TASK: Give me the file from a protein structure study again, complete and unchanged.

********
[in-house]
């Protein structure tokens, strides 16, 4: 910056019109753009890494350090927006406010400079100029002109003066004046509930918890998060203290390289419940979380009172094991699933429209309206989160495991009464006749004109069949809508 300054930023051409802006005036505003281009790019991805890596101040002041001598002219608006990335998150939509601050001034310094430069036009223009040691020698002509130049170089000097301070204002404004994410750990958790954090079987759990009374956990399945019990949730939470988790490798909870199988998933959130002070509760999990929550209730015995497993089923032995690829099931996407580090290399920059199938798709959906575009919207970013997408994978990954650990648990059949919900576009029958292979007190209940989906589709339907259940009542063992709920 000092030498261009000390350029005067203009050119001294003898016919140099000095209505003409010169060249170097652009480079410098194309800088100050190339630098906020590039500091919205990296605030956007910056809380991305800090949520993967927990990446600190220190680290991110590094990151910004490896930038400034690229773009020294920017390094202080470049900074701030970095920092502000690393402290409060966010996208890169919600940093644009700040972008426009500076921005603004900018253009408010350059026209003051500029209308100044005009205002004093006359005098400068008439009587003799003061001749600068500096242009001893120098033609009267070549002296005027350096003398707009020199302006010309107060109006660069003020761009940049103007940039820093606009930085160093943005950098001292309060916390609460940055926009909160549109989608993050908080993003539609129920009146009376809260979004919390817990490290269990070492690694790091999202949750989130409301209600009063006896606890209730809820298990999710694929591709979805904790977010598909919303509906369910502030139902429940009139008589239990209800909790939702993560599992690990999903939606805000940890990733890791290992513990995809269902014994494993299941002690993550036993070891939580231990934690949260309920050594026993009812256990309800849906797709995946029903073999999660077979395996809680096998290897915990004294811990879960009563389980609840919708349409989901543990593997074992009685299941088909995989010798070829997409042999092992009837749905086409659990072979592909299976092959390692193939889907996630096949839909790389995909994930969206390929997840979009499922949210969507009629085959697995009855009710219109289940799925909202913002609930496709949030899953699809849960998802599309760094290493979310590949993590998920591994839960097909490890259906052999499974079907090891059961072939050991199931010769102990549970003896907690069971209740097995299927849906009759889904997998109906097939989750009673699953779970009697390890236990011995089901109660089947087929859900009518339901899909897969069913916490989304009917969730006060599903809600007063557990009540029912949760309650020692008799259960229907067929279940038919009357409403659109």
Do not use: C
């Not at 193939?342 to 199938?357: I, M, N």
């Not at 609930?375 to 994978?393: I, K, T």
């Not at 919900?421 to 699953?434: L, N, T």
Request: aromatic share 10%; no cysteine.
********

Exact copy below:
[in-house]
């Protein structure tokens, strides 16, 4: 910056019109753009890494350090927006406010400079100029002109003066004046509930918890998060203290390289419940979380009172094991699933429209309206989160495991009464006749004109069949809508 300054930023051409802006005036505003281009790019991805890596101040002041001598002219608006990335998150939509601050001034310094430069036009223009040691020698002509130049170089000097301070204002404004994410750990958790954090079987759990009374956990399945019990949730939470988790490798909870199988998933959130002070509760999990929550209730015995497993089923032995690829099931996407580090290399920059199938798709959906575009919207970013997408994978990954650990648990059949919900576009029958292979007190209940989906589709339907259940009542063992709920 000092030498261009000390350029005067203009050119001294003898016919140099000095209505003409010169060249170097652009480079410098194309800088100050190339630098906020590039500091919205990296605030956007910056809380991305800090949520993967927990990446600190220190680290991110590094990151910004490896930038400034690229773009020294920017390094202080470049900074701030970095920092502000690393402290409060966010996208890169919600940093644009700040972008426009500076921005603004900018253009408010350059026209003051500029209308100044005009205002004093006359005098400068008439009587003799003061001749600068500096242009001893120098033609009267070549002296005027350096003398707009020199302006010309107060109006660069003020761009940049103007940039820093606009930085160093943005950098001292309060916390609460940055926009909160549109989608993050908080993003539609129920009146009376809260979004919390817990490290269990070492690694790091999202949750989130409301209600009063006896606890209730809820298990999710694929591709979805904790977010598909919303509906369910502030139902429940009139008589239990209800909790939702993560599992690990999903939606805000940890990733890791290992513990995809269902014994494993299941002690993550036993070891939580231990934690949260309920050594026993009812256990309800849906797709995946029903073999999660077979395996809680096998290897915990004294811990879960009563389980609840919708349409989901543990593997074992009685299941088909995989010798070829997409042999092992009837749905086409659990072979592909299976092959390692193939889907996630096949839909790389995909994930969206390929997840979009499922949210969507009629085959697995009855009710219109289940799925909202913002609930496709949030899953699809849960998802599309760094290493979310590949993590998920591994839960097909490890259906052999499974079907090891059961072939050991199931010769102990549970003896907690069971209740097995299927849906009759889904997998109906097939989750009673699953779970009697390890236990011995089901109660089947087929859900009518339901899909897969069913916490989304009917969730006060599903809600007063557990009540029912949760309650020692008799259960229907067929279940038919009357409403659109």
Do not use: C
């Not at 193939?342 to 199938?357: I, M, N």
């Not at 609930?375 to 994978?393: I, K, T």
């Not at 919900?421 to 699953?434: L, N, T």
Request: aromatic share 10%; no cysteine.